Wednesday, September 15, 2010

Contingency Plan: The Art of Richard Wright

Unhappy with his art, Richard Wright destroyed all of his paintings in the late 1980s and gave up painting altogether for two years. Returning to the art world from that self-imposed exile, Wright began painting unique minimalist works in the corners of galleries and other spaces, only to have them painted over right after the exhibition. “Wright’s practice is always framed by an embrace of contingencies,” writes Russell Ferguson in his essay in the first monograph on Wright, titled Richard Wright. “The work is formed out of a concatenation of elements that come together as a kind of performance: the ‘live situation.’” Although nothing of his work from before 1999 survives, Wright’s painterly performances live on in photography and in the memories of those who experienced them personally. The power of those perceptions helped Wright earn the prestigious 2009 Turner Prize. Wright fully accepts the contingencies of time and place in his art and arrives at a plan that is both beautiful to look at and mystical to behold. Please come over to Picture This at Big Think to read more of "Contingency Plan."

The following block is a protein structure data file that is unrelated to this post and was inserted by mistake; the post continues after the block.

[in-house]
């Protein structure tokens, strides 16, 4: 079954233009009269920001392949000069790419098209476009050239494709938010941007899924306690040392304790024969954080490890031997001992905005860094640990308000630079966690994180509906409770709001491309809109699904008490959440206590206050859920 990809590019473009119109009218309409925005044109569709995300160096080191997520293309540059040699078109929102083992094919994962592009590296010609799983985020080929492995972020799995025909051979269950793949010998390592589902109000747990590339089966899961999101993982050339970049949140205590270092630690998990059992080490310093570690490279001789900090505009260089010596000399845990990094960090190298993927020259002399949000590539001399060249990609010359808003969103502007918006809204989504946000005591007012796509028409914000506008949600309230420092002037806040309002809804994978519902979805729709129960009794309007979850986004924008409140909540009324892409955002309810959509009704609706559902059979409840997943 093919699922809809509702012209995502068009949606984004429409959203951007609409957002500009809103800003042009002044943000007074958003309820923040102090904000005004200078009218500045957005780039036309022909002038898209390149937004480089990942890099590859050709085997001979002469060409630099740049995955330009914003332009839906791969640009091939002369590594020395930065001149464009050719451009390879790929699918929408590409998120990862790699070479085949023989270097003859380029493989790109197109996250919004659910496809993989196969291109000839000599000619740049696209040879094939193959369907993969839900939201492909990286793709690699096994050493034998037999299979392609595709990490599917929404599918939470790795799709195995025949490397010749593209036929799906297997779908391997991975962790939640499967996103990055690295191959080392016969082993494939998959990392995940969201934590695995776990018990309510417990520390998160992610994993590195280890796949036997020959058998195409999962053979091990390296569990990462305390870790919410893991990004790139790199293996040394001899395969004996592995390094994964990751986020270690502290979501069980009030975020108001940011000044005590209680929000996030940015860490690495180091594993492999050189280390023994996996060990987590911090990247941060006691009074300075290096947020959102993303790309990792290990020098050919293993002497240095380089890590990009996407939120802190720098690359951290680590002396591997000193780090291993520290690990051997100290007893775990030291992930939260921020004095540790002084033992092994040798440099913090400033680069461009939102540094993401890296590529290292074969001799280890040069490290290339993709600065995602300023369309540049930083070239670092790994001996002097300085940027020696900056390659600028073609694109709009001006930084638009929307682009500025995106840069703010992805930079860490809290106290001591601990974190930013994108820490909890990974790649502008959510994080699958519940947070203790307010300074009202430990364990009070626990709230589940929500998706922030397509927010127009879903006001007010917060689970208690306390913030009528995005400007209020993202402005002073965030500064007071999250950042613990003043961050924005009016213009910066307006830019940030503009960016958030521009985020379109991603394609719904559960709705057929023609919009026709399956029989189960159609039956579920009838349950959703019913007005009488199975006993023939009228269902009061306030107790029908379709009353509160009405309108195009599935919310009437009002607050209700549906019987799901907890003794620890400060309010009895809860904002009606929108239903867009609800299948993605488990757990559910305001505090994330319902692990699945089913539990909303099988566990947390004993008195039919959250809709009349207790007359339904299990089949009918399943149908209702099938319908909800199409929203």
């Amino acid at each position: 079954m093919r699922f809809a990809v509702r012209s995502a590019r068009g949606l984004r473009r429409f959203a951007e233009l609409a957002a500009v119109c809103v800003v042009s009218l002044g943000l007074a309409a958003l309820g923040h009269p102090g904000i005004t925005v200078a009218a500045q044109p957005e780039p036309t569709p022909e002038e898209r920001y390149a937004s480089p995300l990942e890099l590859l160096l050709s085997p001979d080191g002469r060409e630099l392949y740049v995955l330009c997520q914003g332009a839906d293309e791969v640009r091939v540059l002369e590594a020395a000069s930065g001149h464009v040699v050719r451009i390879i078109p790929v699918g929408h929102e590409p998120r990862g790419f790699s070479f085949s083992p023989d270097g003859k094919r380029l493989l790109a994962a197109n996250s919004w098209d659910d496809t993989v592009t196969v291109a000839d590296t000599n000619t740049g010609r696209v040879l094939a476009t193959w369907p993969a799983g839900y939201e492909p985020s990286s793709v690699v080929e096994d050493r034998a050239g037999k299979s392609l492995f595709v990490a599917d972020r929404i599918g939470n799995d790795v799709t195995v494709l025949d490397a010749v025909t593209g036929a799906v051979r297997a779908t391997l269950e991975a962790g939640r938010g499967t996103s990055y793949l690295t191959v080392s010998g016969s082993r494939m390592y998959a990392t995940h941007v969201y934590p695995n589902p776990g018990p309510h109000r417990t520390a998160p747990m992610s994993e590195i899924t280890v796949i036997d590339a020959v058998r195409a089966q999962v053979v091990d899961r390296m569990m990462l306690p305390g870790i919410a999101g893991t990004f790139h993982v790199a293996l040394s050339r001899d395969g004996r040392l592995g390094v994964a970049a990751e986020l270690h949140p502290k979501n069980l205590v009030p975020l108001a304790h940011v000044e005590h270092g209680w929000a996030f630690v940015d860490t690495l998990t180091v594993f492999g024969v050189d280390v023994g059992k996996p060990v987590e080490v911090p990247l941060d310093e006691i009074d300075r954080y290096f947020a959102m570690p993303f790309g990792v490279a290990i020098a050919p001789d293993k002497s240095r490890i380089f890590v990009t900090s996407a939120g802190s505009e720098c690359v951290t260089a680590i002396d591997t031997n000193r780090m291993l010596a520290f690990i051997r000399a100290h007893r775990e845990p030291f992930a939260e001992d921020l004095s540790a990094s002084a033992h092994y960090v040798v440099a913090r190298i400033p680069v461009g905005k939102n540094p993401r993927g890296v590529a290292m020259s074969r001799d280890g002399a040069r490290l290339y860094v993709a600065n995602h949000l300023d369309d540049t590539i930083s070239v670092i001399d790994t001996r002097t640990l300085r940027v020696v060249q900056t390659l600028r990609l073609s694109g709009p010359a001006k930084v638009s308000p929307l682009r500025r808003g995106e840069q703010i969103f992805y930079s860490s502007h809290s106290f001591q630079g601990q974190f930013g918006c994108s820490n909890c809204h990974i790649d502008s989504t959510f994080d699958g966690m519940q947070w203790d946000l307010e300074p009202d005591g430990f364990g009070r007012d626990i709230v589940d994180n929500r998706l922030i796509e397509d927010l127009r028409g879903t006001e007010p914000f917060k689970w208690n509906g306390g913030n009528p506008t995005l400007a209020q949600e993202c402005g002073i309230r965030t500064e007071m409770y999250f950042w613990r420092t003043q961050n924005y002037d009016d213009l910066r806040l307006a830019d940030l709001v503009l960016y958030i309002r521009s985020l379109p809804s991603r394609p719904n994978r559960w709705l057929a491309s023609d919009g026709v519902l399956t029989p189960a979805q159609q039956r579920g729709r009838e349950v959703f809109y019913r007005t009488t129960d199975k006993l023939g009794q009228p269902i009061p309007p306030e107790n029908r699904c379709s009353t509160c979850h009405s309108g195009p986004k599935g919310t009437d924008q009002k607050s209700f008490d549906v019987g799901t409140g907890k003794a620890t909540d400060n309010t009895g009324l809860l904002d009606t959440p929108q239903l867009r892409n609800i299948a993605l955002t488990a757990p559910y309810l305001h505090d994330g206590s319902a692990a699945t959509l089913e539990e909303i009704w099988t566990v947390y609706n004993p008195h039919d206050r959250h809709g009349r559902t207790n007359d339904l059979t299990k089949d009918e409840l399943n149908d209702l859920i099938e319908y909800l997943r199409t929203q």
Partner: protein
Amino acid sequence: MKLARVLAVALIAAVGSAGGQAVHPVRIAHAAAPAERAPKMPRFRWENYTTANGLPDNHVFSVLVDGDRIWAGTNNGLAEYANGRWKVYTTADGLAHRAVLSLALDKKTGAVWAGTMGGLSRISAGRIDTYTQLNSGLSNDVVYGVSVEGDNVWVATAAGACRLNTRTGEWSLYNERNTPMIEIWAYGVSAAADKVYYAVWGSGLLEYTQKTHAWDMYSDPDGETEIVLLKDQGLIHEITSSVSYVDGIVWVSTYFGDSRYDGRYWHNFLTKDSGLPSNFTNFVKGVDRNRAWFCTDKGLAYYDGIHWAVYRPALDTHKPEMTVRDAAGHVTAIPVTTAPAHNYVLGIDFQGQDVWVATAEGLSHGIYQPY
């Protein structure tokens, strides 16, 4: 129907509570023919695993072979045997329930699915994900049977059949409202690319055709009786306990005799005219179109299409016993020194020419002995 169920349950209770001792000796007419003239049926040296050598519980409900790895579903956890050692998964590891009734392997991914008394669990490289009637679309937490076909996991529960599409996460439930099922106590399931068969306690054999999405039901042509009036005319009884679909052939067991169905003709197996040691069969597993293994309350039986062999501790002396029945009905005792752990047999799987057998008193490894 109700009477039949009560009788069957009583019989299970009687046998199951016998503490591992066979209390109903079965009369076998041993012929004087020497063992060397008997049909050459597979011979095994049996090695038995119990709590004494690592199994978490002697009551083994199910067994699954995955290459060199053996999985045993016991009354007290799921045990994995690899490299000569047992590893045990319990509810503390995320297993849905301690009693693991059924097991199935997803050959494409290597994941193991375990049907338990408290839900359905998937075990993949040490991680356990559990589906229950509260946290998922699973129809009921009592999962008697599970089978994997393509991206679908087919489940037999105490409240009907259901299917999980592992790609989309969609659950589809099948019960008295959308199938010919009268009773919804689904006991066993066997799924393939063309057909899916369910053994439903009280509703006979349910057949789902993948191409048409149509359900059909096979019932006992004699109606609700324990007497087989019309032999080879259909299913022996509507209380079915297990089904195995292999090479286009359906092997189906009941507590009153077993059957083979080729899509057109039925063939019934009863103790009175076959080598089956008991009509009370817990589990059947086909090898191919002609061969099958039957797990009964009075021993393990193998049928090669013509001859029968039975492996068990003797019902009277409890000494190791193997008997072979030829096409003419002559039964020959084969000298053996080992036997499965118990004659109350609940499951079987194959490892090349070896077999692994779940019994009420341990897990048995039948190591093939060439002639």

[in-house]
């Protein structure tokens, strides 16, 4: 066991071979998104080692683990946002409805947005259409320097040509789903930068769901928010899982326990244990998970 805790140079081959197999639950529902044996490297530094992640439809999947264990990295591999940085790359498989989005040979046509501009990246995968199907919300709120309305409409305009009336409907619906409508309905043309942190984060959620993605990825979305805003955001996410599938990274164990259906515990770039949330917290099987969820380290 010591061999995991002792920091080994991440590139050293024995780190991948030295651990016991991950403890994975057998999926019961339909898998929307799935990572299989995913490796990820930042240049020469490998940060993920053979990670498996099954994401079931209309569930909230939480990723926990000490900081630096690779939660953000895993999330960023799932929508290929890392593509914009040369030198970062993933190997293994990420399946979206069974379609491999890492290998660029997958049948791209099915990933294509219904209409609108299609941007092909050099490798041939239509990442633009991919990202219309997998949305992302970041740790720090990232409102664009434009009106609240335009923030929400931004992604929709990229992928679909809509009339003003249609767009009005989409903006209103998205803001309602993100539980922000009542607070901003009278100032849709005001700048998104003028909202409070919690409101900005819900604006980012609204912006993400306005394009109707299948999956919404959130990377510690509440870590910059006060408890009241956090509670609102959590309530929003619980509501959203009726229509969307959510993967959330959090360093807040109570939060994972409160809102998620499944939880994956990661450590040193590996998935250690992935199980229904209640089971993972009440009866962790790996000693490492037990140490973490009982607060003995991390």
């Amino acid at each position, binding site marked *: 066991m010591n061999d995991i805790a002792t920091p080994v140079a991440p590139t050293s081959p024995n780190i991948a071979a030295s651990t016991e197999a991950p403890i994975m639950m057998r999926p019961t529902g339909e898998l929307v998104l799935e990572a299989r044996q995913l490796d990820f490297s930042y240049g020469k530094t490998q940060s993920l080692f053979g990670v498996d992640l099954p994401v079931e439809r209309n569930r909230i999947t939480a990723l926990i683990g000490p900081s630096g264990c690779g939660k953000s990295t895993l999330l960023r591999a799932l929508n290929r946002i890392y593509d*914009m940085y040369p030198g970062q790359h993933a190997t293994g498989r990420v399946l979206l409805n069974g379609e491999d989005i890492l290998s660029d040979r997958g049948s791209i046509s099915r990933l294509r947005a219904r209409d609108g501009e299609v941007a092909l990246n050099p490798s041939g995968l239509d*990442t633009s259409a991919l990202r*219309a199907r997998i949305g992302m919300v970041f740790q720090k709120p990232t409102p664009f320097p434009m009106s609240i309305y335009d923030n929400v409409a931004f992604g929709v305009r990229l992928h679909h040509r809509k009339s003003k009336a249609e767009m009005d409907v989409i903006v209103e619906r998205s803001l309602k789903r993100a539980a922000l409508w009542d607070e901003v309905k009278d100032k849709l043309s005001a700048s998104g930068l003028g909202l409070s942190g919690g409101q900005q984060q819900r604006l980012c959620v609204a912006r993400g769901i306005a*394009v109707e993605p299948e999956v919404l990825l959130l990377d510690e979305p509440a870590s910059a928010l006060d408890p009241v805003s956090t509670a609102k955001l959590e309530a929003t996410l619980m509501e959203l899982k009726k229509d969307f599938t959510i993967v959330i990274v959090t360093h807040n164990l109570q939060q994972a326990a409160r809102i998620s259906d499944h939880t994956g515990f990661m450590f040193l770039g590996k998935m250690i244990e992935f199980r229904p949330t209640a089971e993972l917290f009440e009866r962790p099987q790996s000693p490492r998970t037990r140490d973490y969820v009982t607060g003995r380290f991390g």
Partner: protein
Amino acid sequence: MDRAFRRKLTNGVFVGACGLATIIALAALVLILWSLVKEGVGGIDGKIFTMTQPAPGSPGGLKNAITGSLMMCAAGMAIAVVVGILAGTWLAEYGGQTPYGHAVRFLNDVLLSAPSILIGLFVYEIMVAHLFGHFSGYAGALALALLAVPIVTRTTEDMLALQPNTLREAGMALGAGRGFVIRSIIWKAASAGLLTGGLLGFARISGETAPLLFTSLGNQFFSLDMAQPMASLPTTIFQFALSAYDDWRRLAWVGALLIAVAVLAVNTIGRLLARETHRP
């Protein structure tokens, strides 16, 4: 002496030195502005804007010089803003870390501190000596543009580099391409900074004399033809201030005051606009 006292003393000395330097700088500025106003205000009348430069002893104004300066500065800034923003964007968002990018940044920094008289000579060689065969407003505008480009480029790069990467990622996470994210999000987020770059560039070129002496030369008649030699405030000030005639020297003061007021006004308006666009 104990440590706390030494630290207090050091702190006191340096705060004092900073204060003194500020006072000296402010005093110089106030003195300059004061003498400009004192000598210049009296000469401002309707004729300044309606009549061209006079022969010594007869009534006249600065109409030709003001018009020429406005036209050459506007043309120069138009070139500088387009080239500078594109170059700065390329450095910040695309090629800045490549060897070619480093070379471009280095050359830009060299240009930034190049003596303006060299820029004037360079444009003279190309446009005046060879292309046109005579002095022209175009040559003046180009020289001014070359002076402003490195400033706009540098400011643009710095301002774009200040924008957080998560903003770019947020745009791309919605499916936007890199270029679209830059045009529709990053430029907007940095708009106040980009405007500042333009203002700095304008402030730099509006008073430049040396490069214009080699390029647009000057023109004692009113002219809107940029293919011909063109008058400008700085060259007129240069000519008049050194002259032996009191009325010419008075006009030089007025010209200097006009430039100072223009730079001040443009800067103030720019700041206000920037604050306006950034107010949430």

[Image: Richard Wright. Untitled (03.03.08). 2008. Gouache and watercolor on paper. 24 x 33 inches (61.2 x 83.7 cm).]

[Many thanks to Rizzoli for providing me with the image above and a review copy of Richard Wright.]

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